The Sea Witch (The Era of Villains Book 1)

THE
SEA WITCH

Can love turn
you evil ?

THE
SEA WITCH

Copyright 2015 S.J.
Valfroy

All
right reserved.

Published
in 2015 by S.J. Valfroy.

THE
SEA WITCH

Have
you ever wondered why villains are what they are?

Is
a villainous heart instilled at birth, or do decisions and actions
warp a good heart into a villainous one?

You
have certainly already heard of the Sea Witch, but do you know her
real story?

Though
she works as a palace maid, Serena is no ordinary mermaid. From birth
she manifested the magical powers of a sea witch, just like her
mother, Moira. But Serena does not want to be like her mother, cruel
and selfish, so she rejects her magical powers. At least until her
ever growing love for the unattainable Prince Triton pushes her to
her breaking point. Just when it seems he’s taken notice, that
she could actually win his heart, his mother, Queen Amphitrite, makes
it clear her son will never marry a palace maid, much less the
daughter of a sea witch with a seedy reputation. Serena’s
dreams are slipping through her fingers, and she must decide if she
is willing to embrace her magical powers and take her dreams by
force. Magic could solve all her problems, or so she thinks, but at
what price?

THE
SEA WITCH


We know what we are, but know not what we may
be”

*
William Shakespeare*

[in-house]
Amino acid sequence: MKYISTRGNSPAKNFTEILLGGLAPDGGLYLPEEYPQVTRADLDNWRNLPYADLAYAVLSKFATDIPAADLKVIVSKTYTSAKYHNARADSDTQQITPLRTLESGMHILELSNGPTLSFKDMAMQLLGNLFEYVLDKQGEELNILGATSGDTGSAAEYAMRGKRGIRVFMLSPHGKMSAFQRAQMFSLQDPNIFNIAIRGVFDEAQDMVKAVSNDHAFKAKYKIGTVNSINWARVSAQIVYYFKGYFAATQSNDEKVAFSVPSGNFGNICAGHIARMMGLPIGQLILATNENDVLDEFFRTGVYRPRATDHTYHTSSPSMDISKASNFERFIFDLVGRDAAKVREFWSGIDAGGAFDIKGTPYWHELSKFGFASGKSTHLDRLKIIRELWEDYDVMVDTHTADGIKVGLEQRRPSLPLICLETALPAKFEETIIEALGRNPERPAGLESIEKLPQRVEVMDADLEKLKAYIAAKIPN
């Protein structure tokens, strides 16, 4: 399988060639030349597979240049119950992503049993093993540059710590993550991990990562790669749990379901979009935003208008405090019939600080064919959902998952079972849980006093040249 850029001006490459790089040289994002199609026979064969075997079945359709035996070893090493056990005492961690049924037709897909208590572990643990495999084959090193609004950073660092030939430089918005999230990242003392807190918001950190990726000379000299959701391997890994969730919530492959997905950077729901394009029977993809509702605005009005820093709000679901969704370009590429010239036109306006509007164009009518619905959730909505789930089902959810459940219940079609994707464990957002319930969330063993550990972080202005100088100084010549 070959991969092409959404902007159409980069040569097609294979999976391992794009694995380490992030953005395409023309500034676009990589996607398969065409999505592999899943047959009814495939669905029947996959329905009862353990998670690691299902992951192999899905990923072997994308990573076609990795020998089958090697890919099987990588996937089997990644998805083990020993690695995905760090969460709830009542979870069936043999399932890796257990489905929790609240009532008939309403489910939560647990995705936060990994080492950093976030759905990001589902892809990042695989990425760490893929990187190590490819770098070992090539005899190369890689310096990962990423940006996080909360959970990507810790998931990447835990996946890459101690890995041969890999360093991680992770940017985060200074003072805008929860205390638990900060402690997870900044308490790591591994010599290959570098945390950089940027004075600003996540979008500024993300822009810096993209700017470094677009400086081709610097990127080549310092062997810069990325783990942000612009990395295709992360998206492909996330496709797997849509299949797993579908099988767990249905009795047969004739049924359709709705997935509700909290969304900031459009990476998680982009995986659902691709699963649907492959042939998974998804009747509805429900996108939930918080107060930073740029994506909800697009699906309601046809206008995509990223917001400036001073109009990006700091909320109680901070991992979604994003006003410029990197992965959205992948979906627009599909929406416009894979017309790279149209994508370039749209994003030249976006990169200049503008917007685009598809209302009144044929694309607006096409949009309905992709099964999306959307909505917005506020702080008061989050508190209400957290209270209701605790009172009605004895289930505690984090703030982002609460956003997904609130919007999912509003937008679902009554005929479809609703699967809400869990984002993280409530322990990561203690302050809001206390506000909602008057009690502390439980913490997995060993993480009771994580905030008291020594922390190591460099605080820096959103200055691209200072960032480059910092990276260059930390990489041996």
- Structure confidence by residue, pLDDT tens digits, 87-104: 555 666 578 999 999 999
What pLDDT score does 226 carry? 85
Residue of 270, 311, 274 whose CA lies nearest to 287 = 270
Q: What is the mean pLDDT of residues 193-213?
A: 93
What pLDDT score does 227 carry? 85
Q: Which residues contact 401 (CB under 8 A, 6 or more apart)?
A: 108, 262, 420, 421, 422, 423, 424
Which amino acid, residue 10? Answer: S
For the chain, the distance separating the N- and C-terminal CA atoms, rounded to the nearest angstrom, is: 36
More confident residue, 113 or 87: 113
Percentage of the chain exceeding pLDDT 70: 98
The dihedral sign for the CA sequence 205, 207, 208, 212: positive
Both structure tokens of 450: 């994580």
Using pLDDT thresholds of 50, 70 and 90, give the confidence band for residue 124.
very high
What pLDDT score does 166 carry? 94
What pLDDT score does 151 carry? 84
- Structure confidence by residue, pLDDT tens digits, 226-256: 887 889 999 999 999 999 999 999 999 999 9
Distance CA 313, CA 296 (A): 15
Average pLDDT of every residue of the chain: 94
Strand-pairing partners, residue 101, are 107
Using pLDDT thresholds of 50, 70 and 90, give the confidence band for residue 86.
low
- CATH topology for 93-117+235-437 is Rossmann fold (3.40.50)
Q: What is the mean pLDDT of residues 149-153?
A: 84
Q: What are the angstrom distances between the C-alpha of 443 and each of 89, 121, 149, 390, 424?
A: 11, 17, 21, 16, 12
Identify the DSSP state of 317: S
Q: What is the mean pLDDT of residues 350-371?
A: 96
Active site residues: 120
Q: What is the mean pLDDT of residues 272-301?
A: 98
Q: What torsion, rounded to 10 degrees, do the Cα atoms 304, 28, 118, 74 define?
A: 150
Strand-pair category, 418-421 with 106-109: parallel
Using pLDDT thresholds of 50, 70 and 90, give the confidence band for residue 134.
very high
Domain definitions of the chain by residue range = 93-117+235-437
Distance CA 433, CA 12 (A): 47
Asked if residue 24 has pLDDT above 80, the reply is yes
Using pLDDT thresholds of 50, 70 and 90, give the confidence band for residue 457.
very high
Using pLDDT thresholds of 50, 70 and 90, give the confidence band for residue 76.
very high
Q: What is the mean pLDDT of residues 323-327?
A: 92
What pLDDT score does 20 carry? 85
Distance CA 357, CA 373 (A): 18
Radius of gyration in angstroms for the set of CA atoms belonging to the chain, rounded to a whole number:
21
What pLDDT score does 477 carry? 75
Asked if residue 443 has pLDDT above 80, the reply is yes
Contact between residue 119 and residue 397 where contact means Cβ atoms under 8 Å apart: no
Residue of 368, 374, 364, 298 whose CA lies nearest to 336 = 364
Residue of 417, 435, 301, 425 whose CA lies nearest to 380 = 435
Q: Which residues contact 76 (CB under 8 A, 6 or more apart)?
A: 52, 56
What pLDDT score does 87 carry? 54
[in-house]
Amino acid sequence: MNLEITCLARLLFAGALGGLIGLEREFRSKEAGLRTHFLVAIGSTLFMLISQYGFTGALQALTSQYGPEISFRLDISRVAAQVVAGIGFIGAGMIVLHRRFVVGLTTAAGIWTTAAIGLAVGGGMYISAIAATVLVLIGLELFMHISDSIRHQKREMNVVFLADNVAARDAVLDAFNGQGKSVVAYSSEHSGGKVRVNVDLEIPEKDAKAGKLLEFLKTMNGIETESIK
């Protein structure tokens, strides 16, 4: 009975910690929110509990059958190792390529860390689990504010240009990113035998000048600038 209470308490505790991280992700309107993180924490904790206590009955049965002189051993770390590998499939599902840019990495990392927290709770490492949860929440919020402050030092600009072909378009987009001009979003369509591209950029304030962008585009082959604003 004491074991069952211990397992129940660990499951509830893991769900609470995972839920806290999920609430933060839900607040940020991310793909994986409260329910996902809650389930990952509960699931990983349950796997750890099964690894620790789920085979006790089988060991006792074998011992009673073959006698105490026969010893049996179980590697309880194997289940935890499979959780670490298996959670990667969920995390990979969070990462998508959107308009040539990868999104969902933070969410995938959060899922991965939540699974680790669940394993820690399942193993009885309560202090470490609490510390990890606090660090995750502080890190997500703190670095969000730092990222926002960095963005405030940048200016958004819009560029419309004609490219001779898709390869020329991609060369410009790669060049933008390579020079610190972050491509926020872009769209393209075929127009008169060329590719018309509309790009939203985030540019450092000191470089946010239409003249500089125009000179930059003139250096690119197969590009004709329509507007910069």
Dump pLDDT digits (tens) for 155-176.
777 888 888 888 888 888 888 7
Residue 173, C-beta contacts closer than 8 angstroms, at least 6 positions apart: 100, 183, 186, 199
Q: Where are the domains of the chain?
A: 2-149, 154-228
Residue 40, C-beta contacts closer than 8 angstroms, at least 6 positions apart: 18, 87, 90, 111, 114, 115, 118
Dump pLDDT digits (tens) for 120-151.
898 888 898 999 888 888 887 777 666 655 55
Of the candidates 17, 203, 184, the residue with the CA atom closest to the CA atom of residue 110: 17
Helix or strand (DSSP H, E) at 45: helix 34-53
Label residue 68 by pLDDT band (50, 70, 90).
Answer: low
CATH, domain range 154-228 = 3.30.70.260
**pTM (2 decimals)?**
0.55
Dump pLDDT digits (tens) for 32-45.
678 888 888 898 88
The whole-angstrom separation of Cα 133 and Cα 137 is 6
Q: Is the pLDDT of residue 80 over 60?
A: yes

There is no greater glory than love, nor any
greater punishment than jealousy”

*
Lope De Vega
*

Table of Contents

Chapter 1
Worlds Apart

It
was wicked of her heart to ache for him so. Wicked because she could
never hope to have him. His crown made him unattainable. It sat atop
his golden hair like a warning sign, and the rippled sunbeams that
penetrated the water from the surface world above glinted off it,
making it almost wink at her, mocking. His friends, sons of royal
guards and wealthy families, surrounded him like a barricade as they
swam down from the second level of the palace to the large atrium
where Serena scrubbed the polished stone floors with a rough sponge,
scraping free the algae, polyps, and coral trying to take root
there.

Her scrubbing
slowed as Prince Triton and his friends drew nearer. She snuck eager
glances at him under the cover of her dark brown hair as it swirled
around her head in the water. Each time she found herself in the
same room with him, she felt as though she had a strong current at
her back, pushing her toward him. Everything about him drew her in,
and her heart thumped until she thought he must surely hear it
calling for him. His tail and eyes were the same rich blue of the
ocean—fitting, since he would one day rule it. His thick,